Some public holidays you could maybe encounter while on tour with us;
1 + 2 January - New Year's Days, quite often 3rd as well, especially Banks / Offices
9 February - Makha Bucha Day
Maha Puja (particularly Wat Benjamabophit in Bangkok and Wat Phra That Doi Suthep in Chiang Mai; Feb full-moon day). A day of merit-making marks the occasion when 1250 disciples gathered spontaneously to hear the Buddha preach, and culminates with a candlelit procession round the local temple's bot.
Mae Hong Son and Chiang Mai Poy Sang Long (early April). Young Thai Yai boys precede their ordination into monkhood by parading the streets in floral headdresses and festive garb.
6 April - Chakri Day
April 13 - 15 (12+16+17 in some areas) Songkran Days
Chiang Mai is the best and busiest place in the country to see in the Thai New Year, Songkhran, which takes over the city between April 13 and 16. The most obvious role of the festival is as an extended "rain dance" in the driest part of the year, when huge volumes of canal water are thrown about in a communal water-fight that spares no one a drenching. The other elements of this complex festival are not as well known but no less important. In the temple compounds, communities get together to build sandcastles in the shape of chedis, which they cover with coloured flags – this bestows merit on any ancestors who happen to find themselves in hell and may eventually release them from their torments, and also shows an intent to help renovate the wat in the year to come. Houses are given a thorough spring-clean to see out the old year, while Buddha images from the city's main temples are cleaned, polished and sprinkled with lustral water, before being ceremonially carried through the middle of the water-fight to give everyone the chance to throw water on them and receive the blessing of renewal. Finally, younger family members formally visit their elders during the festival to ask for their blessings, while pouring scented water over their hands.
1 May - Labour Day
5 May - Coronation Day
8 May - Visakha Bucha Day
Visakha Puja (particularly Bangkok's Wat Benjamabophit and Nakhon Si Thammarat; May full-moon day). The holiest day of the Buddhist year, commemorating the birth, enlightenment and death of the Buddha all in one go; the most public and photogenic part is the candlelit evening procession around the wat.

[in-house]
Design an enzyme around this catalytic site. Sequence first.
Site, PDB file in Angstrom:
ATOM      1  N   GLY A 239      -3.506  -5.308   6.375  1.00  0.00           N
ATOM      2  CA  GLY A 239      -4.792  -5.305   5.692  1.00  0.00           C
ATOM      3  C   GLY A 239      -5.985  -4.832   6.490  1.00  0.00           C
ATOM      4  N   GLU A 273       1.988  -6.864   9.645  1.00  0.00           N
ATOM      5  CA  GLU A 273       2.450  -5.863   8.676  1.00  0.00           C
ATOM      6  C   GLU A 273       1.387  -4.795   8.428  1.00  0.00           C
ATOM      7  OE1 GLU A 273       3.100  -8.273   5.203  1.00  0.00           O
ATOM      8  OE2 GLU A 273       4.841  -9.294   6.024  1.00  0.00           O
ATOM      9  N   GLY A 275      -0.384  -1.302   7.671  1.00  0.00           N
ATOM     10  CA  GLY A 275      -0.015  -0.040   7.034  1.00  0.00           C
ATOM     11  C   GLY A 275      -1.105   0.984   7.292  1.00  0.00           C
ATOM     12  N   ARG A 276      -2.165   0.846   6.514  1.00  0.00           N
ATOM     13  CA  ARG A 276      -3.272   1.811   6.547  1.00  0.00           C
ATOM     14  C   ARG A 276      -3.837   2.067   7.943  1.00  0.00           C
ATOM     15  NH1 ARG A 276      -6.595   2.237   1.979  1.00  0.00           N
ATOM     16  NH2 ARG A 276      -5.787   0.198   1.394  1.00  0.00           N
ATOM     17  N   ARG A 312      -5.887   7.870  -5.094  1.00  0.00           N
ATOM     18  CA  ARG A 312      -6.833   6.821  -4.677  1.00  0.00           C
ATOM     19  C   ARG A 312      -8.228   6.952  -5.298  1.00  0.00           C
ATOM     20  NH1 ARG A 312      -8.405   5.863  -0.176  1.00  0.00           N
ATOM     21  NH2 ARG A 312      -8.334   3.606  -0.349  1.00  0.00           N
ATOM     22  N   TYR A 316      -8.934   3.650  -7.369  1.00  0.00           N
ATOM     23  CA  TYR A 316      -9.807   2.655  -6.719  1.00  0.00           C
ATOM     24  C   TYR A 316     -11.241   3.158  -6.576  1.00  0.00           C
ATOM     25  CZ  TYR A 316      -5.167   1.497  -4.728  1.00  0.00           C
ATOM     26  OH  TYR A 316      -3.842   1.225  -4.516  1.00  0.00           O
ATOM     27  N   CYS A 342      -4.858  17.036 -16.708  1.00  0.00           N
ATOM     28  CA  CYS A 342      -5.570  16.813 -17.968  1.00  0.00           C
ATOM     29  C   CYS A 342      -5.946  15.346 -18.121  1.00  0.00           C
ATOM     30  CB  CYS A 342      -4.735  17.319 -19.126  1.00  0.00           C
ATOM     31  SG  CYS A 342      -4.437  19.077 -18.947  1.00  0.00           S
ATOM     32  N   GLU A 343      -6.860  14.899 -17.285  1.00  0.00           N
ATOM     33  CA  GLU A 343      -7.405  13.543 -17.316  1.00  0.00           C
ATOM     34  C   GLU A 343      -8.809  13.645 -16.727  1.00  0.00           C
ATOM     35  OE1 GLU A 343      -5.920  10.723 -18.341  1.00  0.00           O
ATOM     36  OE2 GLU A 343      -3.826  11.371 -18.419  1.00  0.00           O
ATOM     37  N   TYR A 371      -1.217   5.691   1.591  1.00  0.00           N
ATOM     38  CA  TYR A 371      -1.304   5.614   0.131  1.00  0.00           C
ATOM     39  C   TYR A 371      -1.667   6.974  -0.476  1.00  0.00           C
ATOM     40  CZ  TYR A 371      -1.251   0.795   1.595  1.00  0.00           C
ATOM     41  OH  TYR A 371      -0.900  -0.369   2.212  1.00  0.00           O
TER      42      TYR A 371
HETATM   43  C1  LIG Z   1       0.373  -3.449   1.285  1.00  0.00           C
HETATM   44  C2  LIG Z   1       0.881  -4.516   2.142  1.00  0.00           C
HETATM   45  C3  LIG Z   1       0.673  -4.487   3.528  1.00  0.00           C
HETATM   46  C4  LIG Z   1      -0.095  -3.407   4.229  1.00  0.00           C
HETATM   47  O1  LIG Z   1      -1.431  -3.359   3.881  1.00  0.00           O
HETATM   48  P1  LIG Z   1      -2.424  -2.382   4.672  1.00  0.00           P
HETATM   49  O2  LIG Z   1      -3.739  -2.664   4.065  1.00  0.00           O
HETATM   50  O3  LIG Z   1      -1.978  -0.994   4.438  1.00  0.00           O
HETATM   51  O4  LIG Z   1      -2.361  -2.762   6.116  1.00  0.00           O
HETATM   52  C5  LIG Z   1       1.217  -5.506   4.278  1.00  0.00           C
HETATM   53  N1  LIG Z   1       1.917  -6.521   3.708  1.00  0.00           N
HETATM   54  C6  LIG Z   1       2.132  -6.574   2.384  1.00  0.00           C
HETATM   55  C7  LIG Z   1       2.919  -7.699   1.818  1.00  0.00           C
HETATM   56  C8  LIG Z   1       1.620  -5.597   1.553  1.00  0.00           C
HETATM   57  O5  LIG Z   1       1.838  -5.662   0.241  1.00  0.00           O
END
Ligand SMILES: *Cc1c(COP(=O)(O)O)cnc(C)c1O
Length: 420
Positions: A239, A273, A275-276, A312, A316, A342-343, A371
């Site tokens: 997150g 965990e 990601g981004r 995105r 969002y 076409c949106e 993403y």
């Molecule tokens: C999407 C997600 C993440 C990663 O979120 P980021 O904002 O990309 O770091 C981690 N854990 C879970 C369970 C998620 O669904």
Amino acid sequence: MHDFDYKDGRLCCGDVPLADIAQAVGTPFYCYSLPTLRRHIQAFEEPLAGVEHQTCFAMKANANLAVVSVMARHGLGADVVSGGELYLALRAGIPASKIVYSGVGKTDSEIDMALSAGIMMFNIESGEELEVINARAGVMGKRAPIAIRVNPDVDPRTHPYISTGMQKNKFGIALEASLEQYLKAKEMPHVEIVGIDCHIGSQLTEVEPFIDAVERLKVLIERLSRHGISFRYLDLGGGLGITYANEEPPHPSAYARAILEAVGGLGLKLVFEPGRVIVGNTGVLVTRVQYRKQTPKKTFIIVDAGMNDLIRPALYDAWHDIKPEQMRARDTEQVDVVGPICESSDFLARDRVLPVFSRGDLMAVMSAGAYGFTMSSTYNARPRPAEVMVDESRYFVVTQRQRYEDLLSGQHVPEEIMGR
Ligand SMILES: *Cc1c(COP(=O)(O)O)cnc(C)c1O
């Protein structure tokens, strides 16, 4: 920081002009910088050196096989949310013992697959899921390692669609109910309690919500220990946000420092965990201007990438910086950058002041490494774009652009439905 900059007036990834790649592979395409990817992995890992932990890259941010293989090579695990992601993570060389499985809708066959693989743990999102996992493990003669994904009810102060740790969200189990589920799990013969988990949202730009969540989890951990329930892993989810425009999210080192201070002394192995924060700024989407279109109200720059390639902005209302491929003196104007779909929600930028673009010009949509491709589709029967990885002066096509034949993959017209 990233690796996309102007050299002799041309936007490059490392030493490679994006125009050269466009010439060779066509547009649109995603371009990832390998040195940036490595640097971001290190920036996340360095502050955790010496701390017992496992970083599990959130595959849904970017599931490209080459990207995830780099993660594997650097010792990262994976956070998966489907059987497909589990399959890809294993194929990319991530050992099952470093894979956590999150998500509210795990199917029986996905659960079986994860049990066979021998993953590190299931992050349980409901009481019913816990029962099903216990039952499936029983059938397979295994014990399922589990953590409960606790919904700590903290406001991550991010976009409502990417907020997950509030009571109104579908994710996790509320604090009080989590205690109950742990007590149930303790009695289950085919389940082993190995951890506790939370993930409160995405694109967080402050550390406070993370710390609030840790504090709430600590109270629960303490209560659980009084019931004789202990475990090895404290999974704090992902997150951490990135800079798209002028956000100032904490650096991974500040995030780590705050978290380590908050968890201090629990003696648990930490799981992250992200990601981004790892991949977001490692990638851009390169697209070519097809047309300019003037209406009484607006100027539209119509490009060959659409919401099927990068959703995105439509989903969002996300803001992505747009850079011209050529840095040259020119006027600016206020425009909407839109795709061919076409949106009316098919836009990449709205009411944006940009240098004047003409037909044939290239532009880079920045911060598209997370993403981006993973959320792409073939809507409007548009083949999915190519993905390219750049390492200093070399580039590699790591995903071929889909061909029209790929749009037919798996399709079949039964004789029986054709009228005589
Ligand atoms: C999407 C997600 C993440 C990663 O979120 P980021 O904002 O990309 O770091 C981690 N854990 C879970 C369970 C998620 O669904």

8 July - Buddhist Lent Day
12 August - H.M. The Queen's Birthday
23 October - Chulalongkorn Memorial Day
Thais honour the memory of their patron-king Rama V with a son et lumière and a beauty contest staged entirely in nineteenth-century dress.
Loy Krathong: the Festival of Light
Every year on the evening of the full moon of the twelfth lunar month (usually in November), Thais all over the country celebrate the end of the rainy season with the festival of Loy Krathong. One of Thailand's most beautiful festivals, it's held to honour the spirits of the water at a time when all the fields are flooded and the canals and rivers are overflowing their banks.
Loy Krathong (particularly Sukhothai and Chiang Mai; full moon in Nov). Baskets (krathong) of flowers and lighted candles are floated on any available body of water (such as ponds, rivers, lakes, canals and seashores) to honour water spirits and celebrate the end of the rainy season. Nearly every town puts on a big show, with bazaars, public entertainments, fireworks, and in Chiang Mai, the release of paper hot-air balloons; in Sukhothai it is the climax of a nine-day son-et-lumière festival
5 December - H.M. The King's Birthday
10 December - Constitution Day
31 December - New Year's Eve
Alcohol sales are banned during many of these events, but the rules are fairly relaxed. The main exception being the King's Birthday on 5th Dec.
Alcohol sales are most certainly not restricted during Songkrahn, the Thai New Year festival, which is basically a week-long party and waterfight! We ride with exceptional care during this period. Wear light clothes under your armour to aid drying off quickly, as without doubt you'll be getting wet!!